Subject: File No. S7-06-04
From: Shareholders Service Group, Inc.
April 4, 2005
Jonathan G. Katz
Secretary, Securities and Exchange Commission
450 Fifth Street, NW
Washington, DC 20549-0609
Regarding the proposed point-of-sale rule for mutual fund purchases:
We handle mutual fund orders for independent fee-only advisors who work directly for their clients and who receive fees from their clients only. They are not our registered representatives, and they receive no commissions on the fund purchases we handle for them. Therefore they shop for low-expense funds, purchasing only no-load funds or load-waived (net asset value) transactions of load funds, if allowed by the fund, just as self-directed individuals would do for themselves whenever possible. The advisors may or may not have discretionary authority over the client account.
We provide equal access to no-load funds and to load funds at net asset value, if allowed by the fund. Many load funds may allow net asset value purchases by fee-only advisors but not by the underlying clients for their own accounts. Our mutual fund list clearly identifies which funds are no-load funds and which are load funds. In many cases we receive a trailing fee from a fund company, usually 25 basis points or less, and in these cases we identify the fund as an NTF fund (no transaction fee) and we waive our transaction fees. Our customer materials also disclose which funds are NTF funds, and our transaction fee schedule shows our flat transaction fees ($25 or $35) for non-NTF funds.
We do not solicit orders, and we make no recommendations. We recognize the need to disclose any special incentives that may exist when a broker recommends a mutual fund, but rather than treating all mutual fund orders equally, we believe that there is a class of transactions that by their nature eliminate the conflicts of interest that commissions and special incentives may create: unsolicited orders. All brokers today identify all orders as either solicited or unsolicited, depending on whether the broker recommended the investment. If there is no recommendation, payments or special incentives cannot play a role in whether the customer purchases Fund A, Fund B, or no fund at all.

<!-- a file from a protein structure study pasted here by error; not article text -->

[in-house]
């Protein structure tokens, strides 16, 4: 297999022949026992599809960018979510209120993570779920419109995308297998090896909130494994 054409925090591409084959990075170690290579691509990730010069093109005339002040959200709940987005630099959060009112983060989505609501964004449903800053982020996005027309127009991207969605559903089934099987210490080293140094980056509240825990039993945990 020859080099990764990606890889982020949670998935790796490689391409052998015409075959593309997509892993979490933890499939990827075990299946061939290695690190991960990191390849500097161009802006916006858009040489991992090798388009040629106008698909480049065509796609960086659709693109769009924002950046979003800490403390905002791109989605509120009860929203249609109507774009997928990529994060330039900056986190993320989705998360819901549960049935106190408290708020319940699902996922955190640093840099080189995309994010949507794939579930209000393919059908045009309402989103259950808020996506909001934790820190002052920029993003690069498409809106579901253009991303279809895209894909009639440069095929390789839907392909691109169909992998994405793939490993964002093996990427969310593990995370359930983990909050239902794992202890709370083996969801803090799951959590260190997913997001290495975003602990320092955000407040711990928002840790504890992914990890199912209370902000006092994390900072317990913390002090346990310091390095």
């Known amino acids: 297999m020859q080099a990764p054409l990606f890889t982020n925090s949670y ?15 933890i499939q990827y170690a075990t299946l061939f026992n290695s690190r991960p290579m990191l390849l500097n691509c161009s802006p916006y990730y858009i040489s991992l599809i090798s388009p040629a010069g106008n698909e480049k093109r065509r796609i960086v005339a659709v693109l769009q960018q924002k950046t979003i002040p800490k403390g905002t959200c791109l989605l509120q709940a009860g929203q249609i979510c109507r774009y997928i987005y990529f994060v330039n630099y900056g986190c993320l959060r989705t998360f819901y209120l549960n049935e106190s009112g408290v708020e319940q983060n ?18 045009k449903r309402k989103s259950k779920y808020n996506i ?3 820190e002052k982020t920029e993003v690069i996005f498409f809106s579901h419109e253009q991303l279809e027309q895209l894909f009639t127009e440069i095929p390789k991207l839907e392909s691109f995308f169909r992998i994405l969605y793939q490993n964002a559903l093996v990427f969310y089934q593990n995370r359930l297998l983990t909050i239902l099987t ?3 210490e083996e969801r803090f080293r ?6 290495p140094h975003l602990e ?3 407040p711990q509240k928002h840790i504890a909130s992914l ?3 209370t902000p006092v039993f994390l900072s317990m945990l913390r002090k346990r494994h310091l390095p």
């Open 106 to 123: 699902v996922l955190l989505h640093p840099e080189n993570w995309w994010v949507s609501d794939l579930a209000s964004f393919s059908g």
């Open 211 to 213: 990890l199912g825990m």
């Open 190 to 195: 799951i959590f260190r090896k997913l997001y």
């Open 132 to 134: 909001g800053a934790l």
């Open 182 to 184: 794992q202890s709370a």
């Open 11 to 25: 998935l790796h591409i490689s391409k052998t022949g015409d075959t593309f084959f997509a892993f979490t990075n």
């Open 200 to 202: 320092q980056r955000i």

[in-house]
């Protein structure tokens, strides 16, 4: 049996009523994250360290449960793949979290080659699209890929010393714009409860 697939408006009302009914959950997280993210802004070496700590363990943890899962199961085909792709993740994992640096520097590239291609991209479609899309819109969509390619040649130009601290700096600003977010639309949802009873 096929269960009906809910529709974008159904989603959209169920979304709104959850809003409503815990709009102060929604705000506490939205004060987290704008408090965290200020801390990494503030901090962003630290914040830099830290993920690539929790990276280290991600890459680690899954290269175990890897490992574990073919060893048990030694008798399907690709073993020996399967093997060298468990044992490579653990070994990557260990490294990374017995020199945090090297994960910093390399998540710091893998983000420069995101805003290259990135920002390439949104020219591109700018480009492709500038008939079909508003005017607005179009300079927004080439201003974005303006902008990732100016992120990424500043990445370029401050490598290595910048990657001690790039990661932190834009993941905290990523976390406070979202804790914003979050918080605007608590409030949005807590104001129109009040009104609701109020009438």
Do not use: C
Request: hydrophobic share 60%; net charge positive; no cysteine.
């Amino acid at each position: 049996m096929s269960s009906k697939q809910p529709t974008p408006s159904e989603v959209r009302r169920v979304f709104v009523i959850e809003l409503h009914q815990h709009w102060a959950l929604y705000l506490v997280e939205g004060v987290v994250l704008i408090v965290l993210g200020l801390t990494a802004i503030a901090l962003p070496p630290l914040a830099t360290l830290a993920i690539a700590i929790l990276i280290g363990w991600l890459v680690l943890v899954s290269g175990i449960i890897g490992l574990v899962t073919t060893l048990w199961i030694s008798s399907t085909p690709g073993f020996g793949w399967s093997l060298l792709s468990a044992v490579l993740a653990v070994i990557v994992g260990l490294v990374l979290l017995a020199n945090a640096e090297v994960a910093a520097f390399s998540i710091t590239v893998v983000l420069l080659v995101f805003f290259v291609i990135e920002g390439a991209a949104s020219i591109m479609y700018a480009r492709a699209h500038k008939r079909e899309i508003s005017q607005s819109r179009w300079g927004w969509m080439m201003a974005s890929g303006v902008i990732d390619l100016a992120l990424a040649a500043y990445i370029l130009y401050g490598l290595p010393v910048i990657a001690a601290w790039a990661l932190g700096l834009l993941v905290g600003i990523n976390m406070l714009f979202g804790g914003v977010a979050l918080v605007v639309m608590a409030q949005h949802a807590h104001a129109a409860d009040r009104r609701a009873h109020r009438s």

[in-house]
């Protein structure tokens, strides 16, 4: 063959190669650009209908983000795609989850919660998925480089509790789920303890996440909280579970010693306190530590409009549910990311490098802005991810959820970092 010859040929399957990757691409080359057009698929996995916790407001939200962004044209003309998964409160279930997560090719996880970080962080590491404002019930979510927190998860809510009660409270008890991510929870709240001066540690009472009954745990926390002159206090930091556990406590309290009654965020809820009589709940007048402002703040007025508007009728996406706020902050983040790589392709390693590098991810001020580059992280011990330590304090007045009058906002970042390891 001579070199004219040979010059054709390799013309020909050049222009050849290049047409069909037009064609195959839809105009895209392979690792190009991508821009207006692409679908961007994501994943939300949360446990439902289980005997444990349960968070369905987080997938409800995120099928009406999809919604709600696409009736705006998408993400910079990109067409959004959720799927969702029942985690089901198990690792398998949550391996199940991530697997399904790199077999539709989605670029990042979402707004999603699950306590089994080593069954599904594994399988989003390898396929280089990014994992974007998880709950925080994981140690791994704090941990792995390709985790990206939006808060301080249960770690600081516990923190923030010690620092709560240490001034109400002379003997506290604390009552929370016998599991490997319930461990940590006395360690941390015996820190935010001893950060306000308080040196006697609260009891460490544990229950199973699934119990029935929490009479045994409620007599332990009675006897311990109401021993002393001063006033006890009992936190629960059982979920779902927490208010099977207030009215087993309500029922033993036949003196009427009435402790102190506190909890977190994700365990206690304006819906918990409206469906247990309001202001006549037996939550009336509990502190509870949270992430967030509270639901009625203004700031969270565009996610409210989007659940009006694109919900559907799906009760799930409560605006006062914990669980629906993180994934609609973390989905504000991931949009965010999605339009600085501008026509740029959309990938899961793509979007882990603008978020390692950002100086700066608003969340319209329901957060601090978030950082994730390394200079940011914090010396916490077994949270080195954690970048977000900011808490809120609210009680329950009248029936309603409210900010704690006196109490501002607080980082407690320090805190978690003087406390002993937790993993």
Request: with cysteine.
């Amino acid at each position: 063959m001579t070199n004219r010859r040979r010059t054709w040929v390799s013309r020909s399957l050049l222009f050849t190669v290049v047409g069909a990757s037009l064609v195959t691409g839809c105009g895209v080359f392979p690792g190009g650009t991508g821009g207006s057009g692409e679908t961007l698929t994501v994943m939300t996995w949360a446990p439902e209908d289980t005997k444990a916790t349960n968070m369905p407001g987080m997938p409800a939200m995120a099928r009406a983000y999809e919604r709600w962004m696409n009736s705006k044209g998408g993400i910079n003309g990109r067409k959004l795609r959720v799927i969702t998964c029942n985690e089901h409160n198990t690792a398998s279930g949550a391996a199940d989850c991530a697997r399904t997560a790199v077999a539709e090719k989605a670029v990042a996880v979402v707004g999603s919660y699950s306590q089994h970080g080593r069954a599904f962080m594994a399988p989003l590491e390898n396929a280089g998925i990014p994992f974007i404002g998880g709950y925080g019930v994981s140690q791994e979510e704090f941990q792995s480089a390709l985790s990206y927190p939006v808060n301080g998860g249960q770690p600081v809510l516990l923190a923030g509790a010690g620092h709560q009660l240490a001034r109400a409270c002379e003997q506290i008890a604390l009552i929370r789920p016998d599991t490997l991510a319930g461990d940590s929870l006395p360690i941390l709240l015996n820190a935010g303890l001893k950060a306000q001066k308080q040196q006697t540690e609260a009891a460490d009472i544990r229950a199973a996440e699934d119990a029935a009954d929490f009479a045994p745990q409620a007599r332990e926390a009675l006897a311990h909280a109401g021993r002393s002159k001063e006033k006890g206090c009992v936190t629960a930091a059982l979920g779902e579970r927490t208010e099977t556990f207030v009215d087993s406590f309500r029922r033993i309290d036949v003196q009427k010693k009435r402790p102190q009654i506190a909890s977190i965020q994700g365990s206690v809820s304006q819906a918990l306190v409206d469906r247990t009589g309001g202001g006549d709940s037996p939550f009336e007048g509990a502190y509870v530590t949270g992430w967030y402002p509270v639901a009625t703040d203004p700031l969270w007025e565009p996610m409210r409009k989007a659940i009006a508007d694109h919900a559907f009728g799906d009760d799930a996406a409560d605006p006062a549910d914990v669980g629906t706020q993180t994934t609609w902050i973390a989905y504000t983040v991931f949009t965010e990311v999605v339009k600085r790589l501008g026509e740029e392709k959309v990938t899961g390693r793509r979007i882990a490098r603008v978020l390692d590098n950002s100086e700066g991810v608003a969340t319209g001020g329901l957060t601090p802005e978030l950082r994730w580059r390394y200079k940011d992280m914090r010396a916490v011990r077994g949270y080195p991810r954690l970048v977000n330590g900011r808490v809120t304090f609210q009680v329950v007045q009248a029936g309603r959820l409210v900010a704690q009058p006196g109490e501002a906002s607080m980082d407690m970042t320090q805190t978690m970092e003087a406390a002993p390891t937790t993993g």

The proposed point-of-sale rule should therefore distinguish between solicited orders and unsolicited orders and allow an exemption to the disclosure requirement for unsolicited orders. Without such an exemption, fee-only advisors, who work only on behalf of their client and not for the brokerage firm, as well as self-directed individuals who do their own research and make their own investment decisions could find it difficult to place mutual fund orders, as the brokerage firm may have to block the order or find a new mechanism to deliver a disclosure which would have no impact on the customer's purchase. This burden could be greatest in the case of online unsolicited orders, which are usually the simplest and most cost-effective way for individuals and advisors to place orders with a brokerage firm, as many brokerage firms now allow a discounted transaction fee for no-load funds purchased online versus orders placed with a broker's assistance.
Our firm and others like ours offer the most efficient means for individuals to gain access to a wide range of mutual funds while receiving the benefits of professional, independent, unbiased advice. Requiring disclosure at the point of sale when there is nothing more to disclose would only add cost and complication to the transaction. The point-of-sale rule, if implemented as it stands today, would increase transaction costs without adding any meaningful protection for the type of individuals and advisors we serve.
Thank you for your consideration.
President & CEO
Robert O. Reed
Executive Vice President
Shareholders Service Group, Inc.
Brokerage & Custody Services Exclusively for Independent Financial Advisors
9845 Erma Road, Suite 312
San Diego, CA 92131